The Chicago Bears ended weeks of speculation when they traded the number one overall pick in the 2023 NFL Draft to the Carolina Panthers in return for DJ Moore, a first and second round pick this year, and a first and second round pick in future years. The Bears were able to use their league-leading cap space and draft position to get a number one receiver in DJ Moore, stay in the top 10 of this year’s draft, acquire an additional second round pick this year and two valuable picks in future years, all while signaling confidence in Justin Fields. To the tune of $88 million of surplus value, the Bears may have left negotiations feeling like the long-term winner of this trade.
That surplus value could mean less if Justin Fields fails to further improve as a young quarterback and the Carolina Panthers first overall pick plays exceedingly well. To consider the former, we can look at what we can expect of Justin Fields from an analytics standpoint.
Young QBs vs. Fields
First, we need to take stock of exactly where Justin Fields is as a player. To get there, we must remember how he was viewed entering the league. Fields was a prolific player in college, ranking 2nd in ESPN’s college real plus-minus in his last year at Ohio State. Despite a gutsy performance in the College Football Playoff, Fields was selected 11th overall in the 2021 NFL Draft. Teams such as the Falcons, Lions, and Panthers, who all seem to still be looking for a long-term answer at quarterback, ended up selecting non-quarterbacks. As the fourth quarterback taken in the 2021 draft, it seemed as though the NFL’s evaluation of Fields did not match his elite college production.
Through his first two years playing in Chicago, Fields has had ups and downs. There have been flashes of excellence followed by frustration.
Justin Fields 🎯 into the seam pic.twitter.com/DyOP16j85I
— Shawn (@SyedSchemes) November 9, 2021
After a historic season on the ground, Fields has had more production running the ball than any quarterback through their first two seasons since at least the year 2000. Fields finds himself at the top of a list that includes Michael Vick, Lamar Jackson, Robert Griffin III, and Cam Newton.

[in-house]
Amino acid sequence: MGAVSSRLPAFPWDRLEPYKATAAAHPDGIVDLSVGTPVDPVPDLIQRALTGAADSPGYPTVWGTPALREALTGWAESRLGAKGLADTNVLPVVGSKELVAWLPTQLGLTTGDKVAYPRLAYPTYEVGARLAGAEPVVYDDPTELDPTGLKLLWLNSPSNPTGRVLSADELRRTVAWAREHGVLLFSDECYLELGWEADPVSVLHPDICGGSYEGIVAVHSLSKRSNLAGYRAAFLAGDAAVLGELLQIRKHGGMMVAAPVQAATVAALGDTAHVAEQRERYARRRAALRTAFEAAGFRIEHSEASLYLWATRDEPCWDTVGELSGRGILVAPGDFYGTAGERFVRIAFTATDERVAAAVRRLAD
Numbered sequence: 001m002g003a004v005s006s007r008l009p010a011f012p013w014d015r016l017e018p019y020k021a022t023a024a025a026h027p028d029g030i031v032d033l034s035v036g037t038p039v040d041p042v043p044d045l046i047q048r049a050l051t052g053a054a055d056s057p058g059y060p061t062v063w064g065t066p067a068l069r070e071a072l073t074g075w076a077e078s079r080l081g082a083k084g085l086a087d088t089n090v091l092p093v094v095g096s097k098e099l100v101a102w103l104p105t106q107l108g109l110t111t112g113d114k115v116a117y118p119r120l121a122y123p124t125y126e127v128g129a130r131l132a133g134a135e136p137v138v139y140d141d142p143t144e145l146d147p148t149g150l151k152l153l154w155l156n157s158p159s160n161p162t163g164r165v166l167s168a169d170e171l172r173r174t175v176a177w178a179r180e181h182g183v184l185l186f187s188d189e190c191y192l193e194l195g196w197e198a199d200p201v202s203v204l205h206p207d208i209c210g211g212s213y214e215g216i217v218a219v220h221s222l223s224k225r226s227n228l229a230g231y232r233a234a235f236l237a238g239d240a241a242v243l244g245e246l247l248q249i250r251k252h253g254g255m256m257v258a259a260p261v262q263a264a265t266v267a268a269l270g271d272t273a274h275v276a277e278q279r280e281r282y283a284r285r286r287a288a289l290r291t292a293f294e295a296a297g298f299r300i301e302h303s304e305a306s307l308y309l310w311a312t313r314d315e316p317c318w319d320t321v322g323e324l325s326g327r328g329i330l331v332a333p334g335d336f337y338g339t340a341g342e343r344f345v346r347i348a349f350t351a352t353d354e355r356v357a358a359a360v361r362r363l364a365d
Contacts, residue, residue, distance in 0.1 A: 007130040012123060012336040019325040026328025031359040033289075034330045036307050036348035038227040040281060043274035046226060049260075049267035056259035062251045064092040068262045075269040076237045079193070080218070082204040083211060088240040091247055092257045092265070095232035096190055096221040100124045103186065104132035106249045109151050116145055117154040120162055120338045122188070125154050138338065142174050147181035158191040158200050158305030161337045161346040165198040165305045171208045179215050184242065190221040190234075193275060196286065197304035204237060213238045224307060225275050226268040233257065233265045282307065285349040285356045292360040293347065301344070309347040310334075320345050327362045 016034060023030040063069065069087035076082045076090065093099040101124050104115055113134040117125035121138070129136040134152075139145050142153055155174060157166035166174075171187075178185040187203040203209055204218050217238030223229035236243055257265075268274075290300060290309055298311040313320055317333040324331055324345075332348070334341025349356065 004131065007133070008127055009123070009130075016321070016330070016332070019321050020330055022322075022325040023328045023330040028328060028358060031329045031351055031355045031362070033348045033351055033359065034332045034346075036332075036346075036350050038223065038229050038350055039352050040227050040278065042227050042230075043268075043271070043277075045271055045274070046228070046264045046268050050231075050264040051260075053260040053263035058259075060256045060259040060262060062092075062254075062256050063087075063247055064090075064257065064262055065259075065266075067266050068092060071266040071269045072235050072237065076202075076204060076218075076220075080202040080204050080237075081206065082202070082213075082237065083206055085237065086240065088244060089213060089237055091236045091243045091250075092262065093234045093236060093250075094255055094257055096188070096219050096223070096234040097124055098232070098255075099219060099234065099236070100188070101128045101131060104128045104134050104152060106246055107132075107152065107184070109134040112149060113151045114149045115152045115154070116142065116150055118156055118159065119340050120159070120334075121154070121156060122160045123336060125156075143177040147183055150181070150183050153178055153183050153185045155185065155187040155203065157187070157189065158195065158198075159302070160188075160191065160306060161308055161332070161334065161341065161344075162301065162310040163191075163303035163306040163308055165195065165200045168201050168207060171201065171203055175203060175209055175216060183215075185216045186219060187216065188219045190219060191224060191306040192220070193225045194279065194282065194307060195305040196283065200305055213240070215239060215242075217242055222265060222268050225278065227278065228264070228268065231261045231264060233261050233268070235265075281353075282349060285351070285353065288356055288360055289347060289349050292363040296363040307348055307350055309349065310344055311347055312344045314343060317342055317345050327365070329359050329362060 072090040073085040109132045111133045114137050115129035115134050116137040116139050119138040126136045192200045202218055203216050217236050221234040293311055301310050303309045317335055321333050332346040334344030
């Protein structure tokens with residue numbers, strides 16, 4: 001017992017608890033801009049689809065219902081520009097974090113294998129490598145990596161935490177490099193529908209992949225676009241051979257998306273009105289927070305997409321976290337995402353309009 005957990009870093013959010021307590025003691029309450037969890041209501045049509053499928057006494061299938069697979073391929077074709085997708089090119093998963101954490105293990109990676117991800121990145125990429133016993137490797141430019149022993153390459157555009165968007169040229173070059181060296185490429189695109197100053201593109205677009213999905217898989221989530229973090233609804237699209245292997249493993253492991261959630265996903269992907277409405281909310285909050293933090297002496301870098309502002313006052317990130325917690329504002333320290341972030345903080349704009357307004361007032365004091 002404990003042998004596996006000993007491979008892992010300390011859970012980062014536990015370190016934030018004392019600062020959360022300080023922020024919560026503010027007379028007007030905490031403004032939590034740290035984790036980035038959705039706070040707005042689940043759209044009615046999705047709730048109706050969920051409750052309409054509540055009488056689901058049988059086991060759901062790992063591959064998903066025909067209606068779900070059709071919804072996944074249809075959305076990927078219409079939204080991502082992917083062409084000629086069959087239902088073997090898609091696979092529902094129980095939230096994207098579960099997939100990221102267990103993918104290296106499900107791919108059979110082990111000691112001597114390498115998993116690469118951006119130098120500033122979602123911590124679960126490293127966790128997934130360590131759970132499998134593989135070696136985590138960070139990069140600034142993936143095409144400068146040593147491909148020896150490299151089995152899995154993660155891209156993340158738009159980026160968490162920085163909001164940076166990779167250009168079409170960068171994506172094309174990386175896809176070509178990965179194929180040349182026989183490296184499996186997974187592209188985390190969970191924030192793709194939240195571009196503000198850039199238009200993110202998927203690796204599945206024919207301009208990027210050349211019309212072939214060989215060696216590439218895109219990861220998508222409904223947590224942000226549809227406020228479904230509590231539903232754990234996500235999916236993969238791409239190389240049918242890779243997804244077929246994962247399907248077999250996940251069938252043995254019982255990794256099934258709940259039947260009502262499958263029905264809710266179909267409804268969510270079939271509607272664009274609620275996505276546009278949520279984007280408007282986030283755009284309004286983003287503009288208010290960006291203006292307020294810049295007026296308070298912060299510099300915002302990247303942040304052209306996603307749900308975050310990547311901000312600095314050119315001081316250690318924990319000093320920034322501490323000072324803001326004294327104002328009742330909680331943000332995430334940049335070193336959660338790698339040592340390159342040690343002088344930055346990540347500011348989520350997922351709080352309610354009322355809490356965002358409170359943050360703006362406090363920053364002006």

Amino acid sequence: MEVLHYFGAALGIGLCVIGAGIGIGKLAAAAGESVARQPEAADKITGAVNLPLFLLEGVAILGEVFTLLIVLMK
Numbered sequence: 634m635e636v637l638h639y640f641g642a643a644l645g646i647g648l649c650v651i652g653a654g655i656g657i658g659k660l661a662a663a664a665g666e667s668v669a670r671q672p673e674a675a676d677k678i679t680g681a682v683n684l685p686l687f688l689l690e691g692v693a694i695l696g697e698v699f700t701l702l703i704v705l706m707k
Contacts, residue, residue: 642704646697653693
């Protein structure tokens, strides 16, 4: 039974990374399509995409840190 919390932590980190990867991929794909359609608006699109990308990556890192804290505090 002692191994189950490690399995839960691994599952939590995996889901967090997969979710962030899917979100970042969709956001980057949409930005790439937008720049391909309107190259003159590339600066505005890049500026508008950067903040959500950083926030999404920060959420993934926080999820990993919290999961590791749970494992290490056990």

The numbers tell a different story when looking at passing production. Dating back to 2015, Fields ranks 24th in Total EPA versus NFL average amongst first and second year quarterbacks.
Now that Justin Fields has a receiving corps comprised of DJ Moore, Chase Claypool, and Darnell Mooney, Chicago hopes to see Fields make similar progress as fellow NFC signal caller Jalen Hurts did this past season after the Eagles secured another elite receiver by trading for A.J. Brown during the 2022 NFL draft.
Jalen Hurts played so well in the Super Bowl. One of many beauties here on 3rd and 13 pic.twitter.com/2WamW8dur1
— Shawn (@SyedSchemes) February 13, 2023
The comparison to Jalen Hurts’ first two seasons does not end there. According to ESPN’s Total Quarterback Rating (QBR), which was originally developed to be able to account for QB rushing ability, Hurts had a 34 his rookie season followed by a 55 during his sophomore campaign. QBR is measured on a 0-100 scale with a 50 being around average. Fields nearly matched Hurts in his first two years with a 31 and 54 respectively. Each quarterback has averaged running on roughly 25% of their “action” plays the last two seasons and made similar improvements in their production in terms of EPA from year one to year two. The main difference is that Justin Fields started out much worse in his rookie season than Jalen Hurts did.